sexing

Discussion in 'Turkeys' started by manybirds, Aug 20, 2011.

  1. manybirds

    manybirds Chillin' With My Peeps

    Jul 4, 2011
    what age can u sex (to old to vent sex) turkey's??
     
    Last edited: Aug 21, 2011
  2. Lagerdogger

    Lagerdogger Chillin' With My Peeps

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    Jun 30, 2010
    Aitkin, MN
    It depends on the breeding and the individual birds. Some colors are sex linked (like Narragansett), and if you have a cross of a bird with narragansett genes and one without (Standard Bronze X Narragansett Toms or Bourbon Reds X Royal Palm Toms), you can sex the poults at about 3 weeks when the Narragansett starts showing.

    But I assume you mean if you have a pile of one variety, how long until you can sort them out. Some of them will be obvious at six weeks, and some will not be obvious until 14 weeks. And some of the ones that were obvious at 6 weeks will turn out to be obviously wrong at 12 weeks. Toms tend to have bigger, thicker feet and larger bodies. Some colors have slight differences in feathers. Bourbon red hens eventually get while edges while toms eventually get black edges, but younger toms 6 to 8 weeks, can have white edges before they turn black. Standard bronze hens will eventually get white edges in breast feathers, but this can take a while too. Royal palm hens often appear white and gray rather than white and black. Guessing sexes is fun, but until I see the snood extend (around 10-12 weeks), or some of the other definitive colorings, I won't guarantee anything. By 14 weeks, there should be no more mysteries....but watch out anyways [​IMG]
     
  3. manybirds

    manybirds Chillin' With My Peeps

    Jul 4, 2011
    Quote:i have two lavender or lavender crosses and one royal palm or royal palm cross. i'll have to check how old. i'm pretty sure one of the lavenders is a tom the other a hen but i'm not sure about the royal palm. the lavender (possibly) jake dances and struts (haha he's got all but three tail feathers). i think the royal palm might have too but i can't remember. does this mean anything?
     
  4. Jocasta

    Jocasta Chillin' With My Peeps

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    Apr 8, 2011
    Both genders will strutt, doesn't mean a lot.

    I posted about this a few days ago - most people will tell you that you can't reliably sex them until 12 weeks at the earliest, but someone on here said that there's a difference in the head shape - if you look down onto the top of their heads, females will appear more triangular whereas males will appear more square. It's an obvious difference although I think you'd need both genders there for it to be obvious if that makes sense. I figured I'd give it a bash and as I was keeping my turkeys for meat, wanted to keep all boys so out of my 12 turkeys, I picked the four with the squarest heads. At 14 weeks old, they are all very much boys! May have been a huge coincidence but I'm inclined to believe there's something in it!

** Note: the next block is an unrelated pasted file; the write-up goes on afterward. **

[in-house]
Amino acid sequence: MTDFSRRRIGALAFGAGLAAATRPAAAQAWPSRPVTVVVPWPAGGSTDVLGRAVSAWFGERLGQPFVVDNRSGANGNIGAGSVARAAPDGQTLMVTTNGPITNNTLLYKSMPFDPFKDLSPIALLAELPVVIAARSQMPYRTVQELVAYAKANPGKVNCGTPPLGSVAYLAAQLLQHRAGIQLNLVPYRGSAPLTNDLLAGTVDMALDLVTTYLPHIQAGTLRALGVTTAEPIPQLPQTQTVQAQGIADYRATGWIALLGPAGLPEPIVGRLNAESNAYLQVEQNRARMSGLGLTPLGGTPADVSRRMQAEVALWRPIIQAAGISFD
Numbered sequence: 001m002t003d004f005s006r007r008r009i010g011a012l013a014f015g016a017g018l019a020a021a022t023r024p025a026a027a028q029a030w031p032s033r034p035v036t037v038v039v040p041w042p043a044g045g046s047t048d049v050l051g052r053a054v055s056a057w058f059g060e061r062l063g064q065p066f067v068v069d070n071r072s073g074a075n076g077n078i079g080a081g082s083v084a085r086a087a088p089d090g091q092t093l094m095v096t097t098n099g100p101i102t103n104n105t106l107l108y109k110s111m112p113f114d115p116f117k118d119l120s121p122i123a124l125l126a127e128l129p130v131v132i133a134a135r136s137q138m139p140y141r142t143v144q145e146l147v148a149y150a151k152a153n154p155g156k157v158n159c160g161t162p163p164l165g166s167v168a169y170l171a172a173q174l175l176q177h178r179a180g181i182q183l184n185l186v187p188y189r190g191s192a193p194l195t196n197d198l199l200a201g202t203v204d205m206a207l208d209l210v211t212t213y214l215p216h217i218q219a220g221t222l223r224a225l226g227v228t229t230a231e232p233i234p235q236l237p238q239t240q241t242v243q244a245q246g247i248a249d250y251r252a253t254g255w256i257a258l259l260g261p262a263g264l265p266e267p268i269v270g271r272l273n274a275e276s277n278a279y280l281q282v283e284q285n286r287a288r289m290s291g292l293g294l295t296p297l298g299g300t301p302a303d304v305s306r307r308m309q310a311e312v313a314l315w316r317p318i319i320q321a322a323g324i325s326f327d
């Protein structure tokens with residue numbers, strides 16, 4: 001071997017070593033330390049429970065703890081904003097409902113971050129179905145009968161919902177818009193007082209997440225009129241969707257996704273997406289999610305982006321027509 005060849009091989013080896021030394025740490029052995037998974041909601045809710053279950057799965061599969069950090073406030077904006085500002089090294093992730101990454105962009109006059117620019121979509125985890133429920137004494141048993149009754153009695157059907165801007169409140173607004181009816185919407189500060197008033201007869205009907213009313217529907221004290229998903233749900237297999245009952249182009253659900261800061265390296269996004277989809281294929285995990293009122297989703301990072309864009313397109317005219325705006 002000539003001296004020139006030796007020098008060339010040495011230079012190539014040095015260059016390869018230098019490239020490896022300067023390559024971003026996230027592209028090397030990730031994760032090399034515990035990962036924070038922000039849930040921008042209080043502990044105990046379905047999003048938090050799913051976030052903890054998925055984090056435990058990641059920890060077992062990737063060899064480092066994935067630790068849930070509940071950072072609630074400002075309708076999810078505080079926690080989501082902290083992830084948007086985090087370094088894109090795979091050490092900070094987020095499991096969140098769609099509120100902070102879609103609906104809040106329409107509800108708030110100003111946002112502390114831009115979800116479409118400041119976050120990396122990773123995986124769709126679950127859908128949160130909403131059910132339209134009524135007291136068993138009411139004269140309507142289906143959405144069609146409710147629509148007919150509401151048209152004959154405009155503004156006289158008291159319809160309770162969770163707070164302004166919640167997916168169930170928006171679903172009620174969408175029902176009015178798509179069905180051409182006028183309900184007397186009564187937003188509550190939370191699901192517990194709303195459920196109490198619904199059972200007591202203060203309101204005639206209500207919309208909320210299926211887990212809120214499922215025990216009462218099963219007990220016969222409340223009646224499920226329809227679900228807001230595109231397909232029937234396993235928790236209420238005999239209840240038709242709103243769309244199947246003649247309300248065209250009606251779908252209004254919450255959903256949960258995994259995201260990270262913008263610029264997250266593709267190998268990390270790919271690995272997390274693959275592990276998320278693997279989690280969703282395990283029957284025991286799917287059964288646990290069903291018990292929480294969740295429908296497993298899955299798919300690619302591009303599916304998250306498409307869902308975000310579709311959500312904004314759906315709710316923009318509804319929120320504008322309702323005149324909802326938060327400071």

5. manybirds

    manybirds Chillin' With My Peeps

    Jul 4, 2011
    Quote:hhhhmmmmmm. sounds interesting but don't u think out of 12 there would be more toms? maybe it works most of the time but not all
     
  6. Jocasta

    Jocasta Chillin' With My Peeps

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    Apr 8, 2011
    Quote:hhhhmmmmmm. sounds interesting but don't u think out of 12 there would be more toms? maybe it works most of the time but not all

    I think you're missing the point. I didn't say that they were the ONLY ones with square heads, just that I chose the ones with the most obviously square heads. The point being that there's almost certainly something in it as the odds of me just choosing four males out of nothing but luck are pretty slim. This method "worked" for me. There was one turkey amongst mine that I couldn't quite make my mind up about, obviously that wasn't one of the ones I kept. I'm not saying that this technique is 100% accurate 100% of the time, but it does work.
     
  7. manybirds

    manybirds Chillin' With My Peeps

    Jul 4, 2011
    Quote:hhhhmmmmmm. sounds interesting but don't u think out of 12 there would be more toms? maybe it works most of the time but not all

    I think you're missing the point. I didn't say that they were the ONLY ones with square heads, just that I chose the ones with the most obviously square heads. The point being that there's almost certainly something in it as the odds of me just choosing four males out of nothing but luck are pretty slim. This method "worked" for me. There was one turkey amongst mine that I couldn't quite make my mind up about, obviously that wasn't one of the ones I kept. I'm not saying that this technique is 100% accurate 100% of the time, but it does work.

    I understand. Why wouldn't u keep and butcher the females too though?
     
  8. Jocasta

    Jocasta Chillin' With My Peeps

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    Apr 8, 2011
    More meat on a Tom. Simple as that really.
     

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